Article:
by Jack Warren, Top Coach host
Getting 26 episodes into Top Coach has demonstrated one thing to me above all else – coaches want to help coaches. In all of my days in baseball, it has always amazed me that coaches are so willing to share their most closely held secrets in order to help others who would like nothing better than to lay a Mercy Rule beating on their team.
But that’s the way it’s always worked in baseball. You help me and I’ll help the next guy in line – and so on and so on. You don’t have to engage in industrial espionage to discover what Louisville’s Dan McDonnell really teaches his baserunners, because what he’s telling the 3,000 coaches in front of him at the coaches’ convention is what he teaches his baserunners. And he’s not alone. Hundreds of coaches every year get up in front of conventions and clinics, write articles for magazines and blogs, and produce videos for the express purpose of making other programs better. If you find a coach who’s unwilling to share his “secrets” so as to keep an upper hand, you’ll find a coach whose success will be short-lived.
When we first started the Top Coach website and podcast, I was a little unsure just how successful we’d be in securing the world’s best amateur baseball coaches because of a few reasons. One is their time. Other than a two month window in the winter when recruiting and practice time is limited, their schedules are jam-packed. The second is their willingness to share their “secrets” and publicly discuss their background and work history. Finally, there’s always the concern that if they haven’t heard of you, they don’t want to waste their time.
Well, 26 episodes into this venture and the guest roster speaks for itself. Indiana’s Tracy Smith right out of the box (thanks, Coach Smith for answering what turned out to be some weak cheese questions). Along the way we’ve had the sport’s heavyweights, including Mark Kingston, Andy Lopez, Rick Jones, John Savage, Paul Mainieri, Jim Schlossnagle, Scott Stricklin, and more. I must say, the hardest thing is cutting through the clutter that is a big time coach’s email inbox. Once you make it through that, I’ve found these coaches to be incredibly accommodating.
Frankly, I find it quite incredible to be driving down the road and have Rick Jones calling me on the phone to follow up on an email. Why do they do it? Because coaches want to do what they can to give back to the game that has given so much to them. Listen to the passion of Paul Mainieri or Andy Lopez when they talk about the guys that gave them their break or helped them out along the way.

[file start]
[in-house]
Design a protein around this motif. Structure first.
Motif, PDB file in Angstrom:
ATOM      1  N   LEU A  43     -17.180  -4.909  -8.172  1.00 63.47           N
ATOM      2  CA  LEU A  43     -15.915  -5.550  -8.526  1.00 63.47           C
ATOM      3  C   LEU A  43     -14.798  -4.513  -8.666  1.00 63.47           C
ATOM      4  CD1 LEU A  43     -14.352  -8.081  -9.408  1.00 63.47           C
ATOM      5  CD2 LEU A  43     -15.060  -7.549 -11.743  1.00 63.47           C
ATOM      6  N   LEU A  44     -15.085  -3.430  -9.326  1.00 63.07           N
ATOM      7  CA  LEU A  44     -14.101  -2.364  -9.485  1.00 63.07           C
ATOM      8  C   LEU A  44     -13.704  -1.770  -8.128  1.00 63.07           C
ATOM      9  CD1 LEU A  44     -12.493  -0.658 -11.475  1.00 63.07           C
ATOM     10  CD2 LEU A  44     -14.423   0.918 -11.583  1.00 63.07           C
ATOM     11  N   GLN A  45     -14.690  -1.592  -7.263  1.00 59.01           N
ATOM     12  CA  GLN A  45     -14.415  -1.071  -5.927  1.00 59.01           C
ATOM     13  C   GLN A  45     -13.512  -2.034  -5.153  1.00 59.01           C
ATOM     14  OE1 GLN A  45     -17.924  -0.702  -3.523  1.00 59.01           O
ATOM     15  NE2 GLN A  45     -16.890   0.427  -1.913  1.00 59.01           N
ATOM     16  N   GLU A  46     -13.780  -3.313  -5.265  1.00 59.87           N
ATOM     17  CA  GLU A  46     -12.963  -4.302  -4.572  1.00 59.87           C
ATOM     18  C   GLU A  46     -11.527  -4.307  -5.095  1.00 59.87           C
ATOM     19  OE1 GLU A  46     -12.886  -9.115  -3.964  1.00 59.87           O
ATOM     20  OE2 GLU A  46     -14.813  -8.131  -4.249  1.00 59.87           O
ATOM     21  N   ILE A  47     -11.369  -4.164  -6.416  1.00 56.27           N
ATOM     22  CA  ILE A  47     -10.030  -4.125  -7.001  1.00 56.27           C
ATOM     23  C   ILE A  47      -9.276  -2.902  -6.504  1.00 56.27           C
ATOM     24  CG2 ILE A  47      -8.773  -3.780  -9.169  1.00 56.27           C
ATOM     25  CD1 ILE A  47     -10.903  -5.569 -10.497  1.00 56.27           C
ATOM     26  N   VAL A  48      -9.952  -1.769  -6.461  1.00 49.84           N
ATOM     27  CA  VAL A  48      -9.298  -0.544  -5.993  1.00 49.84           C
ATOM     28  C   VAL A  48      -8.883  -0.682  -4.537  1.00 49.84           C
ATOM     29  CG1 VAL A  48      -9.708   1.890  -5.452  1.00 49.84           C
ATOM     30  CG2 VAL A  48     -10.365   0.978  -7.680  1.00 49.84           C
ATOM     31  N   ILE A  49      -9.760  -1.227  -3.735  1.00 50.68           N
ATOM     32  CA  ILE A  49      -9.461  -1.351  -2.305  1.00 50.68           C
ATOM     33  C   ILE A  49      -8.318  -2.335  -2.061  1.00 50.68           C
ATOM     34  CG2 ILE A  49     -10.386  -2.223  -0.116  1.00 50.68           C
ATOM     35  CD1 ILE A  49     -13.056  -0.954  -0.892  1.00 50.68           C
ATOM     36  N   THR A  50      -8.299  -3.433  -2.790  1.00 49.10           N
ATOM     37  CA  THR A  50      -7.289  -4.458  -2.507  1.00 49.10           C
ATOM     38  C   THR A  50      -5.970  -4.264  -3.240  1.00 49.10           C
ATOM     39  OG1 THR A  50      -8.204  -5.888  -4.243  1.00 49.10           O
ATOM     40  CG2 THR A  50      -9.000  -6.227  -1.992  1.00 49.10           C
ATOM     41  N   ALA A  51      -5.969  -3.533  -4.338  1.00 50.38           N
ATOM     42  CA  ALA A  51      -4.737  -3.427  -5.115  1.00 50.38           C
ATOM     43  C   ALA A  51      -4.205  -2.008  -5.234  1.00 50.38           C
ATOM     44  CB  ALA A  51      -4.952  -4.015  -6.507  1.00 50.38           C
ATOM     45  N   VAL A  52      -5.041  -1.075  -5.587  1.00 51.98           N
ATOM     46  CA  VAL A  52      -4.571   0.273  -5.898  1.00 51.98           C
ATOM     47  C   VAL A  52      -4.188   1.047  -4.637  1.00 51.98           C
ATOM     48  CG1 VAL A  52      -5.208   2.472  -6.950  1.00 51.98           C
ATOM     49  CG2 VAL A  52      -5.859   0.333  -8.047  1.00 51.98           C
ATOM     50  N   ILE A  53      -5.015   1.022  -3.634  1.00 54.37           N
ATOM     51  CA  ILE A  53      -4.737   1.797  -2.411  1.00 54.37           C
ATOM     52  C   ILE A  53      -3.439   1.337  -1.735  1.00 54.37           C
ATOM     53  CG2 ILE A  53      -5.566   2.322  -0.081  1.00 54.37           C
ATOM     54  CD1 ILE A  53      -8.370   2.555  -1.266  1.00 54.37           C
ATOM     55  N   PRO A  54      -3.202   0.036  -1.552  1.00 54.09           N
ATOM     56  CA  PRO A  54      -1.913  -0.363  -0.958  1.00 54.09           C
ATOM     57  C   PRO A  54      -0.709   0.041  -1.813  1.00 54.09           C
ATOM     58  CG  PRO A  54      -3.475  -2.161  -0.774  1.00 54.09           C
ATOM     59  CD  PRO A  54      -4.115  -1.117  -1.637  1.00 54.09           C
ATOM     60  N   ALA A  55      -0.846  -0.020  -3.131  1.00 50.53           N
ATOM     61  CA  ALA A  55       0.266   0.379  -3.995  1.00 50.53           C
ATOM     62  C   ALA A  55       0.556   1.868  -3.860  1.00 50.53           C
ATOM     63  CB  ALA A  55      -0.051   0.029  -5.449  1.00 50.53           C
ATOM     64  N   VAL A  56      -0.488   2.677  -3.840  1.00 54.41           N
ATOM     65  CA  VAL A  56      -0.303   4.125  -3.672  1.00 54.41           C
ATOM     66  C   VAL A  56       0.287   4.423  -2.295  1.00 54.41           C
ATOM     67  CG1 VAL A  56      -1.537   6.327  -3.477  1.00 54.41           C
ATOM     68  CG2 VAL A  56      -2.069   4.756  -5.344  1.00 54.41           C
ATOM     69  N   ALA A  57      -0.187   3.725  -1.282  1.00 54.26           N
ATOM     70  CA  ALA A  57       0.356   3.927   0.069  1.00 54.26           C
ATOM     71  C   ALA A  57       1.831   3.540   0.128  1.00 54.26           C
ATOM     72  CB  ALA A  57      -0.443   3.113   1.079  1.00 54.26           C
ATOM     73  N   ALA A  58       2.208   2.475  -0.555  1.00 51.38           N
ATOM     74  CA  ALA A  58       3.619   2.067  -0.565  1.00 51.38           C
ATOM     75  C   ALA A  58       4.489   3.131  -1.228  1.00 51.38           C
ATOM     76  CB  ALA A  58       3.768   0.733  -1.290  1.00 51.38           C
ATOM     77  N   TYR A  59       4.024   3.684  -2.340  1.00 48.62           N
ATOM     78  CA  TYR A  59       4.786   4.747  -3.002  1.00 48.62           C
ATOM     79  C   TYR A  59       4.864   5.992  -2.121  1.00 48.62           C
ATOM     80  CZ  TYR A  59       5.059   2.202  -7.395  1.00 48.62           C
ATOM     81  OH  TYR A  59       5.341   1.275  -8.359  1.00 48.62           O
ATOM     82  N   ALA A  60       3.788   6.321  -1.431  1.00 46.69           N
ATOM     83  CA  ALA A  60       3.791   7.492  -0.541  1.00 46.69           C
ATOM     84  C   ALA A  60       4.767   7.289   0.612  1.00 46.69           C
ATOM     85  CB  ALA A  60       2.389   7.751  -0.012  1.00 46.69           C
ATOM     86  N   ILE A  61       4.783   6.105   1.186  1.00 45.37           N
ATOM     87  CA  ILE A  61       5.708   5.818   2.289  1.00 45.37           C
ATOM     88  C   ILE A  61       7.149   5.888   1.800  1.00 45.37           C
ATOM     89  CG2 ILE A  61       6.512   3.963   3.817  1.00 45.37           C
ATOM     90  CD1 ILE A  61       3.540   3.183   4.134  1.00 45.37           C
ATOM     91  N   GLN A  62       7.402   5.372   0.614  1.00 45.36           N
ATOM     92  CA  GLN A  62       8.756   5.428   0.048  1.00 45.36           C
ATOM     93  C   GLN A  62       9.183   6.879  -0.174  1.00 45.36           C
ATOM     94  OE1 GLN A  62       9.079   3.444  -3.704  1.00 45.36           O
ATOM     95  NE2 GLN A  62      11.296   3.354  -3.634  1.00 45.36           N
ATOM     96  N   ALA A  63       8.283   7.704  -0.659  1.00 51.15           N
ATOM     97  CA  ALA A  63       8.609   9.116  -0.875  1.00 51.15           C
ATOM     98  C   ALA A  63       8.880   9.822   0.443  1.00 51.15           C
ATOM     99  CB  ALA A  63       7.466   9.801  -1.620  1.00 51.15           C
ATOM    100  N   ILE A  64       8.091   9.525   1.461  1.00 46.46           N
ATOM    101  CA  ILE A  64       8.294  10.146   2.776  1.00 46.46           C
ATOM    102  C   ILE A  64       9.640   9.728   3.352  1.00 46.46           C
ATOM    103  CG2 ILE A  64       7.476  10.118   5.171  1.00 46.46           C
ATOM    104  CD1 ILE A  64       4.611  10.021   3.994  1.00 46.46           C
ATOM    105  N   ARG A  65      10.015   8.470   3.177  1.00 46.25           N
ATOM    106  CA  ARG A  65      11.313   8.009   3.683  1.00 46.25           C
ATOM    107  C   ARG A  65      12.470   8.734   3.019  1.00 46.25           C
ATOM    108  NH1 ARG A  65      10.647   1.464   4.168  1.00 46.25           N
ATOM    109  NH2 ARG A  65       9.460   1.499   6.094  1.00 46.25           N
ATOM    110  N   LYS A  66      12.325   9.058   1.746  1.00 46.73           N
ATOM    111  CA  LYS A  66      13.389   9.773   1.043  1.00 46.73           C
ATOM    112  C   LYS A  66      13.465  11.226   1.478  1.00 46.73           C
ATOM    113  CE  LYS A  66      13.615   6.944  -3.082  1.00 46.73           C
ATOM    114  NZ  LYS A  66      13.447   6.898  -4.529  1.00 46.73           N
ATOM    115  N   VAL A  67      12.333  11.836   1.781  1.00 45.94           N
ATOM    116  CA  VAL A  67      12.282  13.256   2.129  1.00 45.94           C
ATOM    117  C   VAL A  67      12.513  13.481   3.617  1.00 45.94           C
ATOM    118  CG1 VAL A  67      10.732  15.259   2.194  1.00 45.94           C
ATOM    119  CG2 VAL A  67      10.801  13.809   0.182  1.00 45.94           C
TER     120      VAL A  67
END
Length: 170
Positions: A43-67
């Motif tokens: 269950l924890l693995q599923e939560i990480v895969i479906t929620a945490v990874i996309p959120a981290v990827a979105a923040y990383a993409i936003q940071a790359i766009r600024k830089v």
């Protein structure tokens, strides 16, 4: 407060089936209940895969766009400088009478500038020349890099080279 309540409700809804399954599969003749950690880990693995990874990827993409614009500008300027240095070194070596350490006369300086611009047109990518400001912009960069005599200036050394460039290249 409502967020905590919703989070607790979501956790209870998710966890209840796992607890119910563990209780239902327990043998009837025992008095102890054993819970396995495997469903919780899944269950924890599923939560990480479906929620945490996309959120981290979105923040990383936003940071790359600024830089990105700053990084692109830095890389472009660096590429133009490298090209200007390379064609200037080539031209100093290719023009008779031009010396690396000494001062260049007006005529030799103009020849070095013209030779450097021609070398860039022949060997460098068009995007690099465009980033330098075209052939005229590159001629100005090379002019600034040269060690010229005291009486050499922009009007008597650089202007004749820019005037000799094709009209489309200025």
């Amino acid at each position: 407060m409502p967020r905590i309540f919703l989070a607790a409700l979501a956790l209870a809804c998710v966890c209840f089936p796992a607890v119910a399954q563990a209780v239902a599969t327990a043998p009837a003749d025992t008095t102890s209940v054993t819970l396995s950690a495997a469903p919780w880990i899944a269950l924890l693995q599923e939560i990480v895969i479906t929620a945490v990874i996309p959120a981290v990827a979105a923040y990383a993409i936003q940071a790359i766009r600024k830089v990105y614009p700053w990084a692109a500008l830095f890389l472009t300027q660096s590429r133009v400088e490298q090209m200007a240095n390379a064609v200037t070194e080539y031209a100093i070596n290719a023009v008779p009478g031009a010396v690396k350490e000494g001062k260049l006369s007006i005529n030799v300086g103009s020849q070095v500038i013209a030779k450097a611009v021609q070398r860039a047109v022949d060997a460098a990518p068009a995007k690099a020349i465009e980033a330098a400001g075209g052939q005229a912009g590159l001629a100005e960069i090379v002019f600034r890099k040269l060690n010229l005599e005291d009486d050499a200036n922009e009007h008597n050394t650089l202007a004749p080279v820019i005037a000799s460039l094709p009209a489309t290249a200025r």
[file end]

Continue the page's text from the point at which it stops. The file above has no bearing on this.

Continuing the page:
Only a handful of these guys that I’ve interviewed have known me or our podcast before coming on the show as a guest, but I’ve not had a single coach refuse a request (or ignore it altogether) because they hadn’t heard of us. That’s not to say we’ve never been “Big Leagued”. But it wasn’t a coach. It was a media person who’s never raked an infield, filled holes in the mound, been on the recruiting trail for weeks at a time, or counseled young student-athletes about personal situations. For those who’ve been there, they understand the inherent importance of paying it forward.
One of the tenets of the current entrepreneurial manifesto is to “give it away”. Marketing gurus like Seth Godin and Dan Miller preach that helping others (“giving it away”) will pay exponential dividends. Coaches have understood this for a long time. And don’t make the mistake of thinking that when you’re starting out you will just be a consumer — and then only when you’ve “made it” will you begin to give back. Nope, giving it away or giving back starts at the very beginning. Let this be a habit you learn early on. Former Major Leaguer Ryan Garko is in his first year coaching at Stanford. He already understands that he doesn’t know it all and soaks up everything that coach Mark Marquess can dish out. He also understands that there are a boat load of guys like him who want to make the transition from player to coach and while he doesn’t know it all, he’s willing to share what he knows.
Good habits start early. Learn from the big boys not only their practice and recruiting habits, but follow in their footsteps when it comes to giving back to the game.
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